genderPicture this scenario and let me know what you think. A young man and a young woman meet at a party, go home together, have sex, and the woman gets pregnant. She doesn't feel ready emotionally or financially to be a parent, but doesn't want an abortion, so she decides that the best answer is to give the baby up for adoption. The young man, on the other hand, does not want to give up his rights as a father and wants to raise the baby as his child. The young woman agrees, and in due course, delivers the baby. The new father happily takes home his little baby girl. Then he asks the young woman to pay child support.
Is this fair or unfair? Should the young woman have to pay child support? Should this even be a question? Because if we reverse the sexes, and have the young mother keep the baby, the father has no option; he pays. Period. Going further, if she doesn't agree, she may be able to give the child up for adoption over his objections. Can you even imagine the opposite occurring, a father giving up his child for adoption over the objections of the child's mother?
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My point here is simple; there is a difference in the law concerning the rights of the parents that is based solely on the gender of the parent.
So here is my question; are we okay with applying the law differently to people based on a biological difference like their gender? Should the law treat men differently than it does women? Are there other biological differences that we use for different laws?
Think of how we treat young people. They can't drive until they are 16, vote until they are 18, or drink until they are 21. And you can't really argue that we're legislating based on their capabilities or level of maturity because we all know examples of kids who are either mature beyond their age, or conversely, never seem to grow up. But instead of developing criteria that measure actual capabilities, we default to a biological measure almost entirely unrelated to capabilities. For example, it is apparent that kids have the capacity to knowingly commit serious crimes. if they commit a serious crime before they turn 18, except in a few cases, they do not have to face the consequences of those crimes once they reach 18. Or think about this: a 15 year old boy who has sex with an older woman is a victim of statutory rape; if he has sex with a 13 year old girl, he's a rapist. Well, until he's 18, at which point, he's a free man.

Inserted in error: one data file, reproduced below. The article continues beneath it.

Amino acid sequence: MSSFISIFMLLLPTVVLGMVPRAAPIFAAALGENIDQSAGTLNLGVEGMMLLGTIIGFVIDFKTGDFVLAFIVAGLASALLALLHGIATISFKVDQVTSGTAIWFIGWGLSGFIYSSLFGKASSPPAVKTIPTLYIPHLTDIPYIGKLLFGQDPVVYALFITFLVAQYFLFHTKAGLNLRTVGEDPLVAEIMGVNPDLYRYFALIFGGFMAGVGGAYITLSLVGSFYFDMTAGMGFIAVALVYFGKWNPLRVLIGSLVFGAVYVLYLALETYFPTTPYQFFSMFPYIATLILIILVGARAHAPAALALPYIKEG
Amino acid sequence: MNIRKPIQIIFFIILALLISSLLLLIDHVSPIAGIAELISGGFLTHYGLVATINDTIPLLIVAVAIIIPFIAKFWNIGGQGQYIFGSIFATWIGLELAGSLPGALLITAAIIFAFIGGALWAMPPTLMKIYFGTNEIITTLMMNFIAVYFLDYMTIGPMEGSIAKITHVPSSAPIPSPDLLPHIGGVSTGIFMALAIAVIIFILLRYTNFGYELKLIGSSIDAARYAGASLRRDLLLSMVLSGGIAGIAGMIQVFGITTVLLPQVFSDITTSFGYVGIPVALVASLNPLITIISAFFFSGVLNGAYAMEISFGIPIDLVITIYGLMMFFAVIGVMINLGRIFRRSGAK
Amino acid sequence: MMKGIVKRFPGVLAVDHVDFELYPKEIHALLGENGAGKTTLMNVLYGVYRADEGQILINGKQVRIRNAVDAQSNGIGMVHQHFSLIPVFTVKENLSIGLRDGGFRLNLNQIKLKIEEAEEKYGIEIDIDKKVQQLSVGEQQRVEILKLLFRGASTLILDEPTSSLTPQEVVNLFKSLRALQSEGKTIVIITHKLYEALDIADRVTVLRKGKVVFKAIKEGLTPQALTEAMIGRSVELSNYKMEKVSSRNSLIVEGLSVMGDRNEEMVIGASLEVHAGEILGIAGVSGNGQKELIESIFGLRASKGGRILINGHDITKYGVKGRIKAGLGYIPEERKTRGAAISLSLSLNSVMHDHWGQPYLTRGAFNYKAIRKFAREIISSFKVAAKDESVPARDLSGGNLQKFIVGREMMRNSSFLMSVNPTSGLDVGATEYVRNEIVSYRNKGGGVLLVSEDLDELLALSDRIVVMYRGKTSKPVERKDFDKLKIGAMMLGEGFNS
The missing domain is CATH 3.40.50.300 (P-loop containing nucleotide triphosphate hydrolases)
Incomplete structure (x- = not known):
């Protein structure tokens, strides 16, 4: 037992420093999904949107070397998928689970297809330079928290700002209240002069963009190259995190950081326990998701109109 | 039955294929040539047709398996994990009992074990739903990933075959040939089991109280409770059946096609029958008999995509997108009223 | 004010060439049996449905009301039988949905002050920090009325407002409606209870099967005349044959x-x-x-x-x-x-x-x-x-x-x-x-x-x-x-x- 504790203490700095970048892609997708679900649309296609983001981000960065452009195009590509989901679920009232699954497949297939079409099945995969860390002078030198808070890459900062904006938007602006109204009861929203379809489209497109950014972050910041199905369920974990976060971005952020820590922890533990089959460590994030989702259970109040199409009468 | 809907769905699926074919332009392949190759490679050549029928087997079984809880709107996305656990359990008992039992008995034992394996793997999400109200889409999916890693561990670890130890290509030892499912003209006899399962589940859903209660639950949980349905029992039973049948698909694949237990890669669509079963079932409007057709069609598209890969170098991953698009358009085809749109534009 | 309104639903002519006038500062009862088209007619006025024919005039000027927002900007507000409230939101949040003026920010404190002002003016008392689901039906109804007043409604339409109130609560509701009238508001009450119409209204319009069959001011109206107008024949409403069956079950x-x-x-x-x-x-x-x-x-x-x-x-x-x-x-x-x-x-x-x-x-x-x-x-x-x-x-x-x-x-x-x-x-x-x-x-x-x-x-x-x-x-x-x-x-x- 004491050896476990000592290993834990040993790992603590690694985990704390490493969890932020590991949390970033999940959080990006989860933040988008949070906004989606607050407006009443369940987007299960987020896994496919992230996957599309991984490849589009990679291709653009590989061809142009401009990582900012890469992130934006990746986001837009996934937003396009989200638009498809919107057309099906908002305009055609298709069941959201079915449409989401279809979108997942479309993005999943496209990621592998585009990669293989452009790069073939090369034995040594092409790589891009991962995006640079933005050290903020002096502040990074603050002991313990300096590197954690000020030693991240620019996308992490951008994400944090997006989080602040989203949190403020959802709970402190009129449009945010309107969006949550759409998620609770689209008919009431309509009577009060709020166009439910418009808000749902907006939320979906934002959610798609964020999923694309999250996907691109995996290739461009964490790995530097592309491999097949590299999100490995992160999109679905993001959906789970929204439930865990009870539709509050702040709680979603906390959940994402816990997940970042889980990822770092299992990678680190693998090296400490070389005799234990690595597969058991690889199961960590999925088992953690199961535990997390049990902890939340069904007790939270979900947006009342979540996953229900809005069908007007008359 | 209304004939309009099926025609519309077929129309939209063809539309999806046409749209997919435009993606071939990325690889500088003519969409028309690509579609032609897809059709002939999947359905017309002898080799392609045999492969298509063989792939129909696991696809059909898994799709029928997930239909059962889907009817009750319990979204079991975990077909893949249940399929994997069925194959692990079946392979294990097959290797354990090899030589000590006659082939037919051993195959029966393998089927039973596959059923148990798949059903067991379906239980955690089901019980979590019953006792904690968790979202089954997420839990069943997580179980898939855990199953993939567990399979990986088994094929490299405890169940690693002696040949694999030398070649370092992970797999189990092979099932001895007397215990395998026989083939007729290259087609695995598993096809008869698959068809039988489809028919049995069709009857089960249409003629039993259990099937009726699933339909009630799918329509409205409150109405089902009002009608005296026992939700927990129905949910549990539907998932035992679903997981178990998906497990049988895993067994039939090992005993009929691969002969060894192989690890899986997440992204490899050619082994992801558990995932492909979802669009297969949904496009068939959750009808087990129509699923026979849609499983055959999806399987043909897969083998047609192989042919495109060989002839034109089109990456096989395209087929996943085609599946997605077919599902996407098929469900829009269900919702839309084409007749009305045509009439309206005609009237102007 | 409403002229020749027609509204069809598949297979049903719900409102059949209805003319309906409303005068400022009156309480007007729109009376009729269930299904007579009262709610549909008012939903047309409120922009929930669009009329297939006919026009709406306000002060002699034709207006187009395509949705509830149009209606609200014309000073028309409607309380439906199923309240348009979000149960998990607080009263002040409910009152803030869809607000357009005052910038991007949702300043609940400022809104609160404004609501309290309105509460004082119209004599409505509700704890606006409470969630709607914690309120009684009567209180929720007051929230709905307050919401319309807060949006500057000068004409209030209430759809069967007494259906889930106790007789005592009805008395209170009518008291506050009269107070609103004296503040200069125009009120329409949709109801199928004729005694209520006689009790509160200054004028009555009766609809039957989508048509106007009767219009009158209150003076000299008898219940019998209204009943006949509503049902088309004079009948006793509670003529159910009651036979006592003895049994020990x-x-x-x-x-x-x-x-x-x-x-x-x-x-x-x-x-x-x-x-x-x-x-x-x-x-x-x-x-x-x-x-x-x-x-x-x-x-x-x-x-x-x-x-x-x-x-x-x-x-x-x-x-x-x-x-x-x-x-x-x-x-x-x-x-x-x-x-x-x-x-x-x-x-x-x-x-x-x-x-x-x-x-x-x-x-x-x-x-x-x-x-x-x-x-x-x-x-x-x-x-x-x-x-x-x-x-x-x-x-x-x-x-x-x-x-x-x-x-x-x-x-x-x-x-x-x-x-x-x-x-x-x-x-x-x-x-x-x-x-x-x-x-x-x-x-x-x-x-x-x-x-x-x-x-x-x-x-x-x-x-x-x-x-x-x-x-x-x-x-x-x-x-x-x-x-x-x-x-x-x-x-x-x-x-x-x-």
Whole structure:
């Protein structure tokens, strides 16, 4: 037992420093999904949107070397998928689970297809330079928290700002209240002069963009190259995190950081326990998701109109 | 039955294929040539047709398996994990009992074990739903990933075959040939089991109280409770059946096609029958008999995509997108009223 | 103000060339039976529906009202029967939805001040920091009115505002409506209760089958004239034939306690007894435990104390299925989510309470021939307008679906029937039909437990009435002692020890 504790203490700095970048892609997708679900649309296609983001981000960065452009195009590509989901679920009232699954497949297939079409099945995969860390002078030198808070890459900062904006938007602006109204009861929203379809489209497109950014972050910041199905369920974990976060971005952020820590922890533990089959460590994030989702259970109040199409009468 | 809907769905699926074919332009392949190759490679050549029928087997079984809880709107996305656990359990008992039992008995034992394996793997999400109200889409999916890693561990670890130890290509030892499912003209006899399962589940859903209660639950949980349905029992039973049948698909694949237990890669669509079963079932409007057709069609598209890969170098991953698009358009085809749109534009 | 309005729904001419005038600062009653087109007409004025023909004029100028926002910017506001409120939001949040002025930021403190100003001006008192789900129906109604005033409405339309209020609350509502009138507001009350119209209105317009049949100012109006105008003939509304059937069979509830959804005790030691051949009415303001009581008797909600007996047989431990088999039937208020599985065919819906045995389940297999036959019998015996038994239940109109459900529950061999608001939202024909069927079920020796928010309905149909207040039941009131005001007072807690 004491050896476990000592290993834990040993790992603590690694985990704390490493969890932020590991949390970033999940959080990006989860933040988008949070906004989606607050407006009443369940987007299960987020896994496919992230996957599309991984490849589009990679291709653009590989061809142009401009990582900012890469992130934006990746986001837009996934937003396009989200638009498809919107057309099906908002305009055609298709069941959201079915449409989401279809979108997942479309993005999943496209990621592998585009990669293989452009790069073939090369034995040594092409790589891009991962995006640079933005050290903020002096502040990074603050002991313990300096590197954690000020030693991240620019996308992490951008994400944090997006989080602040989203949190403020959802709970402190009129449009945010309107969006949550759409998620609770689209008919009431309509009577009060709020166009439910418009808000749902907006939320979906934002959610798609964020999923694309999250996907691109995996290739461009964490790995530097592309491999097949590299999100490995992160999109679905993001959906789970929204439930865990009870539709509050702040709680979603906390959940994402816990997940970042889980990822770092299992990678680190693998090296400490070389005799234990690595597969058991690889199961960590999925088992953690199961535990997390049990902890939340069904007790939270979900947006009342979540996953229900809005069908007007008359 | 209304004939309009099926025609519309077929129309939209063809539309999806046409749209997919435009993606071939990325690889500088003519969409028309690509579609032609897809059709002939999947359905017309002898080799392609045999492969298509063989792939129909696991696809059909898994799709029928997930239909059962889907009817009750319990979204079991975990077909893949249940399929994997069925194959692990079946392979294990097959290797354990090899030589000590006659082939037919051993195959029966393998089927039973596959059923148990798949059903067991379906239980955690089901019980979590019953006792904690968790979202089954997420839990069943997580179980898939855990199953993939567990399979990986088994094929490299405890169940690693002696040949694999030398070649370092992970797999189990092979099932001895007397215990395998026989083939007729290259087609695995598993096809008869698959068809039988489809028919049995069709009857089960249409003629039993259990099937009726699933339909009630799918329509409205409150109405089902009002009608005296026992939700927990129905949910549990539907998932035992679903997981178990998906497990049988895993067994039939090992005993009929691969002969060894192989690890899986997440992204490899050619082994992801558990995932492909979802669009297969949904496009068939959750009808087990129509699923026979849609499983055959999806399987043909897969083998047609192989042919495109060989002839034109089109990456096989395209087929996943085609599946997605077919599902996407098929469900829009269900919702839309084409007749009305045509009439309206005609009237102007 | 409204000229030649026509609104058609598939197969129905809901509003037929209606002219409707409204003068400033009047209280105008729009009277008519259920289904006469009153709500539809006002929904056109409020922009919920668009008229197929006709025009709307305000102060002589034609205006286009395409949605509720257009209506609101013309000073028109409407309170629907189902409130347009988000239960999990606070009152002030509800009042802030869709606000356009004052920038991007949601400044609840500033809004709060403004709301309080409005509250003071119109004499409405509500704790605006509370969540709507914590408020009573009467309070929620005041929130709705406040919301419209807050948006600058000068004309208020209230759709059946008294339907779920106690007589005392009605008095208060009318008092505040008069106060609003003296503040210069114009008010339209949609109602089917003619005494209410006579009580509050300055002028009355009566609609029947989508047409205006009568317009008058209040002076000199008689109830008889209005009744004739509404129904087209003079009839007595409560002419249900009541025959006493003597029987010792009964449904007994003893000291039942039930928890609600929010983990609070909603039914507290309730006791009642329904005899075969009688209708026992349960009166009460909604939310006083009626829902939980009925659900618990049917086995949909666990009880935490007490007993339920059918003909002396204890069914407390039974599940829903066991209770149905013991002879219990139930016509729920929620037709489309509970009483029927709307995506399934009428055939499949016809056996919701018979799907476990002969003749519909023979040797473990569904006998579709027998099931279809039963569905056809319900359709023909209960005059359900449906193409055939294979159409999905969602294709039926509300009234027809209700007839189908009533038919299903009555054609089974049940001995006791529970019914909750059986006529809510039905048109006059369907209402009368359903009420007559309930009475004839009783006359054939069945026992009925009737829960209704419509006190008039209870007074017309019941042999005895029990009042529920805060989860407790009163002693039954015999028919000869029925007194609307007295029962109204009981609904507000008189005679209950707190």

For a long time we had separate laws based on skin color; thankfully we are past that, but I have to wonder whether we will ever get past other forms of legal discrimination.
Our Constitution recognizes that we are to receive equal treatment under the law. It doesn't say anything about excluding certain biological factors like gender. And in general, we honor that requirement. In fact it has been used to support women's rights, minority rights, immigrant rights, and now LGBT rights. But we make an exception when it comes to reproductive rights, as well as family rights in general, don't we? A man's right to choose ends at the decision to have sex. The woman's right to choose extends far beyond that point even though her choices place obligations on the man. Is this fair?
But is it necessary? That's the key question and one that has no easy answer. Tell me what you think. Should we recognize biological realities in our application of the law? How can we do so in a way to maximize equal treatment under the law? How can we avoid victimizing one side in favor of the other?
-By Rich Hailey
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